The Age of Personalization

The truth is, most of us discover where we are headed when we arrive.” ~ Bill Watterson

I’ve written about the value of straying from the herd. Focusing on your value by not being like everyone else. 

By being different from your competitors (seperating from the herd) you focus on the value you bring, not your skills. Everyone has skills. Many are the same as yours. Skills are commodities and those that focus on skills alone are easily replaceable.

By focusing on value you demonstrate that you’re an asset to the organization or team. Value though needs to align with the needs of the person making the decision to hire you.

Dark Horses and the Age of Personalization

In their book, Dark Horse: Achieving Success Through the Pursuit of Fulfillment, (Amazon Kindle link) Todd Rose & Ogi Ogas profile people who triumphed against the odds of life and their professions. They were dark horses — “winners nobody saw coming.”

While the stories of these dark horses were fascinating, what stood out, for me, was the discussion on how an emerging Age of Personalization — where individuality matters — is transforming the way we think about success. The authors note that we’re moving away from wealth and status in favor of personalized “happiness and achievement,” or the choice to pursue fulfillment.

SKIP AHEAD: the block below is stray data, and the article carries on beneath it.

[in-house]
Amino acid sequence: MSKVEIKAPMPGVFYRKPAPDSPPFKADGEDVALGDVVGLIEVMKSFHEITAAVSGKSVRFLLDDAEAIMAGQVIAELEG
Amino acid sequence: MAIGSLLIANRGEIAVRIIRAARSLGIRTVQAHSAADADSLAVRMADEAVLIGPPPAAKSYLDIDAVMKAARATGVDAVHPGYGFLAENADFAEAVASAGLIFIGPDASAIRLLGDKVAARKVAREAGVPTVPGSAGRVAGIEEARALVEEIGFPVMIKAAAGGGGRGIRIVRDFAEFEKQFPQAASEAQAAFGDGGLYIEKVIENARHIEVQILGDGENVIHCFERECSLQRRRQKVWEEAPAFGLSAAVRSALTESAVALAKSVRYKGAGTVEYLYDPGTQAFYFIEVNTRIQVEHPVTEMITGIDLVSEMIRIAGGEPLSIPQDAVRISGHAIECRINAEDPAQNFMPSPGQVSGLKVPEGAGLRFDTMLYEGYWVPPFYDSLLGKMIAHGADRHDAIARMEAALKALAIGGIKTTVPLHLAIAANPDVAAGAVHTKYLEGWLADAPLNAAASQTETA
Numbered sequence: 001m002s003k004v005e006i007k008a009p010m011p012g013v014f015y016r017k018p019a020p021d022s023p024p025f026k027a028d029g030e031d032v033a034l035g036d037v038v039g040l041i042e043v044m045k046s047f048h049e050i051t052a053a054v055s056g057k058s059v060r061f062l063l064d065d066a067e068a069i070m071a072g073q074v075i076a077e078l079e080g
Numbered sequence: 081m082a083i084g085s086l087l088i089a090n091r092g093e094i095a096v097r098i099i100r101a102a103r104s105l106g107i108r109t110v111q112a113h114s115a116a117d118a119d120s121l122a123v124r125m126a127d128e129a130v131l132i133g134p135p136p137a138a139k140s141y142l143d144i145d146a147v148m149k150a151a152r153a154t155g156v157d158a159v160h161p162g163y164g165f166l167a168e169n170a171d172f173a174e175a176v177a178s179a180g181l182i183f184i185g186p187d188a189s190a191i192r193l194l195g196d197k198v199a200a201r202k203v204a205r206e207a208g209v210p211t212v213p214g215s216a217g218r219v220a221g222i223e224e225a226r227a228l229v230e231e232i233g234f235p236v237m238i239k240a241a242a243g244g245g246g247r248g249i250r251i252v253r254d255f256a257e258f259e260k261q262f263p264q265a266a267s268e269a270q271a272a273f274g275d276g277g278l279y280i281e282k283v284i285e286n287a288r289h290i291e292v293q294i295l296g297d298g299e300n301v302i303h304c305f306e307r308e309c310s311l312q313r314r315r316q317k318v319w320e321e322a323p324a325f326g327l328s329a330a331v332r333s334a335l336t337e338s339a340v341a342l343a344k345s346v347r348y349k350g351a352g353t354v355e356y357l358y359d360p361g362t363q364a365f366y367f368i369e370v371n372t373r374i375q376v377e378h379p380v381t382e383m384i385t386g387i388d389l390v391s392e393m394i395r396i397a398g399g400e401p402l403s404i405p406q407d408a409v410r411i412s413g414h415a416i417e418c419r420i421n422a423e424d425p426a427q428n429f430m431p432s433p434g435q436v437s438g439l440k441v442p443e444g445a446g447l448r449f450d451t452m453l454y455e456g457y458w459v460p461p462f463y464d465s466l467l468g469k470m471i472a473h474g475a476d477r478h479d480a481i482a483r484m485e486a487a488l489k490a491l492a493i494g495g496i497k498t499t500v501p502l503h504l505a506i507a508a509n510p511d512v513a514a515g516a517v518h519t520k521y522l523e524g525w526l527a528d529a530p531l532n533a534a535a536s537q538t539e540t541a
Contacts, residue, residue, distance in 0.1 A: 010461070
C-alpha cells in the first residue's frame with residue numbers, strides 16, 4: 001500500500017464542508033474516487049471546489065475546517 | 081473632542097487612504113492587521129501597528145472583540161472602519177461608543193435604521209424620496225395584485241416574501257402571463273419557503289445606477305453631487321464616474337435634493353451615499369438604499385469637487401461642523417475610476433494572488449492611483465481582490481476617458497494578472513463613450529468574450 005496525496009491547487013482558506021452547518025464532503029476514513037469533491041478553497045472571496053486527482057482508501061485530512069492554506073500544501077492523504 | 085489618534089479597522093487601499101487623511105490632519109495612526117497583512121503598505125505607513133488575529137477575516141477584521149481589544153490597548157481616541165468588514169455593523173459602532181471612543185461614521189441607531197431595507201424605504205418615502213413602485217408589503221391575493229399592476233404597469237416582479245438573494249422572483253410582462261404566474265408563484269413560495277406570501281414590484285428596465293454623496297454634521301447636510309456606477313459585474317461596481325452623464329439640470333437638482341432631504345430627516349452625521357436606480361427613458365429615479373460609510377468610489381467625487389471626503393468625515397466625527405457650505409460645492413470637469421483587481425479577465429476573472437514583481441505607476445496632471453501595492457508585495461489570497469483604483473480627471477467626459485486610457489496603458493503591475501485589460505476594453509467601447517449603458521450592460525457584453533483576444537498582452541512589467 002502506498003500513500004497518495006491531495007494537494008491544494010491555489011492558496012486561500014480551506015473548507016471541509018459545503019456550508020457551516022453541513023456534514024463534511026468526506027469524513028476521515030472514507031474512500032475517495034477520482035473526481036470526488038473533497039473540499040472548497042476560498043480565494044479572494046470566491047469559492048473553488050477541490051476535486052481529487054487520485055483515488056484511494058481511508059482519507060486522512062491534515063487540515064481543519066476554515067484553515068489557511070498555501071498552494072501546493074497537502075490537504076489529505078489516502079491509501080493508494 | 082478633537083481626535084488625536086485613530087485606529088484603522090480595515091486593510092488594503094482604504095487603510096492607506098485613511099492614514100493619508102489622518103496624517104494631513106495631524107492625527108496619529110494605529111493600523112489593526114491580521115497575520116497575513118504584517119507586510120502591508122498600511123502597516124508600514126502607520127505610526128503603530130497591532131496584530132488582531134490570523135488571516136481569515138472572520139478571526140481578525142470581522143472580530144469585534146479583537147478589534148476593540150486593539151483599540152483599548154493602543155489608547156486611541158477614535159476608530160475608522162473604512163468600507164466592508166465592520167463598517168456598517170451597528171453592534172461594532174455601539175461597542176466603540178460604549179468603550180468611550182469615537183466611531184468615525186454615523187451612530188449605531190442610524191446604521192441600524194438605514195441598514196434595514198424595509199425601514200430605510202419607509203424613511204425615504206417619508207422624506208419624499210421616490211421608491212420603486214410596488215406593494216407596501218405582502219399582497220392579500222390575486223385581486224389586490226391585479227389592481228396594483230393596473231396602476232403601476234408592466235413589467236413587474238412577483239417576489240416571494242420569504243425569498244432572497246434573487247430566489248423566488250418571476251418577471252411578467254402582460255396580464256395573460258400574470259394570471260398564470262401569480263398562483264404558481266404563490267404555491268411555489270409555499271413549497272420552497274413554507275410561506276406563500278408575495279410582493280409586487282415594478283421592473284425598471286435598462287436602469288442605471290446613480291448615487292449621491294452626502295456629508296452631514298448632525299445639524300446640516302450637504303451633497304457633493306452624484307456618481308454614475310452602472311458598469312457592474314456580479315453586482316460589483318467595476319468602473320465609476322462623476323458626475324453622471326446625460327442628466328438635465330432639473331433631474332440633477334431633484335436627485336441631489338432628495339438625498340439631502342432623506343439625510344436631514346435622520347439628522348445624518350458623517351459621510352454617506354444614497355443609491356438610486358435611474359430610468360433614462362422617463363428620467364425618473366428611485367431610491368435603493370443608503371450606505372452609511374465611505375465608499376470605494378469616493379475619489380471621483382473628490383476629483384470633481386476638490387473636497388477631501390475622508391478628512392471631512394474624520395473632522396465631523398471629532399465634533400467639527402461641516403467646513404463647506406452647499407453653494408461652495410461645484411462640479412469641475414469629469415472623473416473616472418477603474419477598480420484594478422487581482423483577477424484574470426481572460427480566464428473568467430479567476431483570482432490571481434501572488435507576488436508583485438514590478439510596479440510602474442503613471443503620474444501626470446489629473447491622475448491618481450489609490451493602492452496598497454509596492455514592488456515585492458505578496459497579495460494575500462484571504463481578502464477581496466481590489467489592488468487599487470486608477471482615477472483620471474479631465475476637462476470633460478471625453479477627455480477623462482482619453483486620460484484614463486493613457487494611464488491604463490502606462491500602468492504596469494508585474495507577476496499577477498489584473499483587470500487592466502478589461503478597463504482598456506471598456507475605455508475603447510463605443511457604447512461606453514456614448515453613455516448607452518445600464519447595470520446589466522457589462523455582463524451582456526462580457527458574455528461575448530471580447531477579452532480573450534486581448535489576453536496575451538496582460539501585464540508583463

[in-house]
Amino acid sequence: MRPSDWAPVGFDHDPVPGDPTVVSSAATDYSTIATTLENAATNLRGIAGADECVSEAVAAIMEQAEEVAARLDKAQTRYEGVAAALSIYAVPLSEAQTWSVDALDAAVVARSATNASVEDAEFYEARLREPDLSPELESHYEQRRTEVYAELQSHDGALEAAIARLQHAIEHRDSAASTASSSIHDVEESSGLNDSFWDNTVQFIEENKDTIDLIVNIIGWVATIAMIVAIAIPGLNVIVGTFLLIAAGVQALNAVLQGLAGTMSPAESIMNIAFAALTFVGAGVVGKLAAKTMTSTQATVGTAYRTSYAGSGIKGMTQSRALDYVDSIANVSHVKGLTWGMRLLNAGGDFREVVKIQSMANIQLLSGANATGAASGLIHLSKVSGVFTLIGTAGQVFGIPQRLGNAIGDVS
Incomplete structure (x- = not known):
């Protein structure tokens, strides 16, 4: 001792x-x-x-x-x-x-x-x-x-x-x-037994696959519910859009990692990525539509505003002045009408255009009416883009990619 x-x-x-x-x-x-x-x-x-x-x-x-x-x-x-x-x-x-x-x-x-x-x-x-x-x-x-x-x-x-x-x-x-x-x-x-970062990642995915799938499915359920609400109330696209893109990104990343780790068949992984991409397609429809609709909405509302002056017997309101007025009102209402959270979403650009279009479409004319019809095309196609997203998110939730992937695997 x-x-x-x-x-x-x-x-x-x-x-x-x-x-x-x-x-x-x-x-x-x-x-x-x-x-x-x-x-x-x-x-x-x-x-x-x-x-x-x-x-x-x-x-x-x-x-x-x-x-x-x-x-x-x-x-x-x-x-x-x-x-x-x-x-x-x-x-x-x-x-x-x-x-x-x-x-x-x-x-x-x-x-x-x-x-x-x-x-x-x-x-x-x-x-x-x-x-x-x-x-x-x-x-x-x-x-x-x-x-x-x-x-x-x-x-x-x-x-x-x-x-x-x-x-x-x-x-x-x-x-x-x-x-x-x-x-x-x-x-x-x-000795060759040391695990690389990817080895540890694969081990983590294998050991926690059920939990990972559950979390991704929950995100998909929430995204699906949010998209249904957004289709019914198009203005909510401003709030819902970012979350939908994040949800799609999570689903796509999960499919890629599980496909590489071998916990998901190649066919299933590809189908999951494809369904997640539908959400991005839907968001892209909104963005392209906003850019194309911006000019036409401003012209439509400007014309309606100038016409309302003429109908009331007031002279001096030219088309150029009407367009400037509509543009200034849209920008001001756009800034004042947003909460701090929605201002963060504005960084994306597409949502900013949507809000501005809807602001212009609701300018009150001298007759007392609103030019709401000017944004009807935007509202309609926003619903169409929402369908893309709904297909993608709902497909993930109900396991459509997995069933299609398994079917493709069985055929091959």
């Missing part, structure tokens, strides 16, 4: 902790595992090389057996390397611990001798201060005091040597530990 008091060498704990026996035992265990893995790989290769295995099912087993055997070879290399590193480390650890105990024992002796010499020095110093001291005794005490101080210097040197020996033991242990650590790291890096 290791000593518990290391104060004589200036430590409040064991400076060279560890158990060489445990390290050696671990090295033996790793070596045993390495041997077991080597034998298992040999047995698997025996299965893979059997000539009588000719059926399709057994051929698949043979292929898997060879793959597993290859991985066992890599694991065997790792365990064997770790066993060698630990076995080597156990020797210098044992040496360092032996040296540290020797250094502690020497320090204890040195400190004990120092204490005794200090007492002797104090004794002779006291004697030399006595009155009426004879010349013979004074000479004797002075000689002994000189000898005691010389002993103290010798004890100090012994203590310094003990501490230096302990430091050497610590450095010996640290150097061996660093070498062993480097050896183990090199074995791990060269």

Dark horses were successful because they pursued fulfillment over the traditional trappings of success from the Age of Standardization — an industrial economy, dominated by large, stable, hierarchical organizations, and the pursuit of excellence led to fulfillment; individuality was problematic.  

The Age of Personalization flips this around by noting that the pursuit of fulfillment leads to excellence. 

Get Better at the Things You Care About Most

The key to attaining fulfillment and excellence is an empowered mindset that fits unique circumstances to unique interests and abilities. And the circumstances providing fulfillment differ for each individual — there’s no such thing as one-size fits all fulfillment.

The trick to fully developing one’s potential and achieving satisfaction and happiness is predicated on four criteria:

  1. Know your micro-motives, which are composed of strong and abiding feelings deeply rooted in our unconscious self.
  1. Know your choices. There’s a difference between choosing — an active process — and picking — a more passive process. We pick among the choices someone else has made. By choosing we create our own opportunities, not those determined by others.
  1. Know your strategies. Standardized institutions assign a strategy to be followed by everyone. In the Age of Personalization, we choose our strategies based on our unique strengths, which are dynamic and shift over time.
  1. Ignore the destination; that is, focus on the opportunity at hand, rather than the prospects at the end of the road. 


What do you think? Can you shift your mindset to thrive in the Age of Personalization, where you can find fulfillment? 

Or, are you more comfortable in the Age of Standardization where decisions are pre-determined by others?

Can you focus on your passion, purpose, and achievements to define your unique mastery?

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Image copyright: starush